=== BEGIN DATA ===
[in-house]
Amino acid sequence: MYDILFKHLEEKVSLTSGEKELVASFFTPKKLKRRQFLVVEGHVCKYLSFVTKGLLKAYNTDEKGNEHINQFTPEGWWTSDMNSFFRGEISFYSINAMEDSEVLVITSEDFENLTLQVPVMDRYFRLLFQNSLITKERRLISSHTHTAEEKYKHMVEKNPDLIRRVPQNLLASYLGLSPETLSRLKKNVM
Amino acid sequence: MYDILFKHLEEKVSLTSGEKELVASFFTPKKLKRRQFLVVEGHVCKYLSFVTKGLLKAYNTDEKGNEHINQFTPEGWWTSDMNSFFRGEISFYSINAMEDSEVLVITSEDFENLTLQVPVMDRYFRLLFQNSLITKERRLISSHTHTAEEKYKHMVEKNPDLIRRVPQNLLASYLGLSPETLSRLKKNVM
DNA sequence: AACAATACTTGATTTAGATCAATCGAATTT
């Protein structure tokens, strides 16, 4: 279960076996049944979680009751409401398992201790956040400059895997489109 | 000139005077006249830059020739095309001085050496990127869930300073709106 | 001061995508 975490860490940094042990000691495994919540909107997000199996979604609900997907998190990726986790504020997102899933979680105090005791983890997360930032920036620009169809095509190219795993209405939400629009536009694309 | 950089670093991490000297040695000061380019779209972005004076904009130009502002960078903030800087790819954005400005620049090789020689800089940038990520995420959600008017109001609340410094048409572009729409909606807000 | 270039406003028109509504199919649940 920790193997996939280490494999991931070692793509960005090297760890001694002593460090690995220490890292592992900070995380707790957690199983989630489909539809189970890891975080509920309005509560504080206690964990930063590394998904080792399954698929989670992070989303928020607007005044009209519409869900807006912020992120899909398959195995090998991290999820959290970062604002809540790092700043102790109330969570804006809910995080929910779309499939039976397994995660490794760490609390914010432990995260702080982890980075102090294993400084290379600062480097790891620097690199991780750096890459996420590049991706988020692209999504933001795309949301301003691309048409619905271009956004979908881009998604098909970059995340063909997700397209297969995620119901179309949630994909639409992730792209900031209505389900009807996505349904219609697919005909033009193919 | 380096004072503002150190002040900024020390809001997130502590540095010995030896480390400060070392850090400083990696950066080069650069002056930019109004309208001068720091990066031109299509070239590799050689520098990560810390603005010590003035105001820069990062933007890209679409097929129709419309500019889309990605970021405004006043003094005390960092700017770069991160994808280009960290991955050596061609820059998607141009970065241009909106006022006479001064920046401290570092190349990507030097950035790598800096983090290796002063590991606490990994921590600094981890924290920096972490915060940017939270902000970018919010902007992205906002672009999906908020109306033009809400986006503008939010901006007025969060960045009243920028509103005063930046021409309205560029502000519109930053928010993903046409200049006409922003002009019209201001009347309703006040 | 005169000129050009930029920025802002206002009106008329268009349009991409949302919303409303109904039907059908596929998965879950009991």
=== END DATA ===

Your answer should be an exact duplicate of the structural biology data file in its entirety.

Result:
[in-house]
Amino acid sequence: MYDILFKHLEEKVSLTSGEKELVASFFTPKKLKRRQFLVVEGHVCKYLSFVTKGLLKAYNTDEKGNEHINQFTPEGWWTSDMNSFFRGEISFYSINAMEDSEVLVITSEDFENLTLQVPVMDRYFRLLFQNSLITKERRLISSHTHTAEEKYKHMVEKNPDLIRRVPQNLLASYLGLSPETLSRLKKNVM
Amino acid sequence: MYDILFKHLEEKVSLTSGEKELVASFFTPKKLKRRQFLVVEGHVCKYLSFVTKGLLKAYNTDEKGNEHINQFTPEGWWTSDMNSFFRGEISFYSINAMEDSEVLVITSEDFENLTLQVPVMDRYFRLLFQNSLITKERRLISSHTHTAEEKYKHMVEKNPDLIRRVPQNLLASYLGLSPETLSRLKKNVM
DNA sequence: AACAATACTTGATTTAGATCAATCGAATTT
């Protein structure tokens, strides 16, 4: 279960076996049944979680009751409401398992201790956040400059895997489109 | 000139005077006249830059020739095309001085050496990127869930300073709106 | 001061995508 975490860490940094042990000691495994919540909107997000199996979604609900997907998190990726986790504020997102899933979680105090005791983890997360930032920036620009169809095509190219795993209405939400629009536009694309 | 950089670093991490000297040695000061380019779209972005004076904009130009502002960078903030800087790819954005400005620049090789020689800089940038990520995420959600008017109001609340410094048409572009729409909606807000 | 270039406003028109509504199919649940 920790193997996939280490494999991931070692793509960005090297760890001694002593460090690995220490890292592992900070995380707790957690199983989630489909539809189970890891975080509920309005509560504080206690964990930063590394998904080792399954698929989670992070989303928020607007005044009209519409869900807006912020992120899909398959195995090998991290999820959290970062604002809540790092700043102790109330969570804006809910995080929910779309499939039976397994995660490794760490609390914010432990995260702080982890980075102090294993400084290379600062480097790891620097690199991780750096890459996420590049991706988020692209999504933001795309949301301003691309048409619905271009956004979908881009998604098909970059995340063909997700397209297969995620119901179309949630994909639409992730792209900031209505389900009807996505349904219609697919005909033009193919 | 380096004072503002150190002040900024020390809001997130502590540095010995030896480390400060070392850090400083990696950066080069650069002056930019109004309208001068720091990066031109299509070239590799050689520098990560810390603005010590003035105001820069990062933007890209679409097929129709419309500019889309990605970021405004006043003094005390960092700017770069991160994808280009960290991955050596061609820059998607141009970065241009909106006022006479001064920046401290570092190349990507030097950035790598800096983090290796002063590991606490990994921590600094981890924290920096972490915060940017939270902000970018919010902007992205906002672009999906908020109306033009809400986006503008939010901006007025969060960045009243920028509103005063930046021409309205560029502000519109930053928010993903046409200049006409922003002009019209201001009347309703006040 | 005169000129050009930029920025802002206002009106008329268009349009991409949302919303409303109904039907059908596929998965879950009991």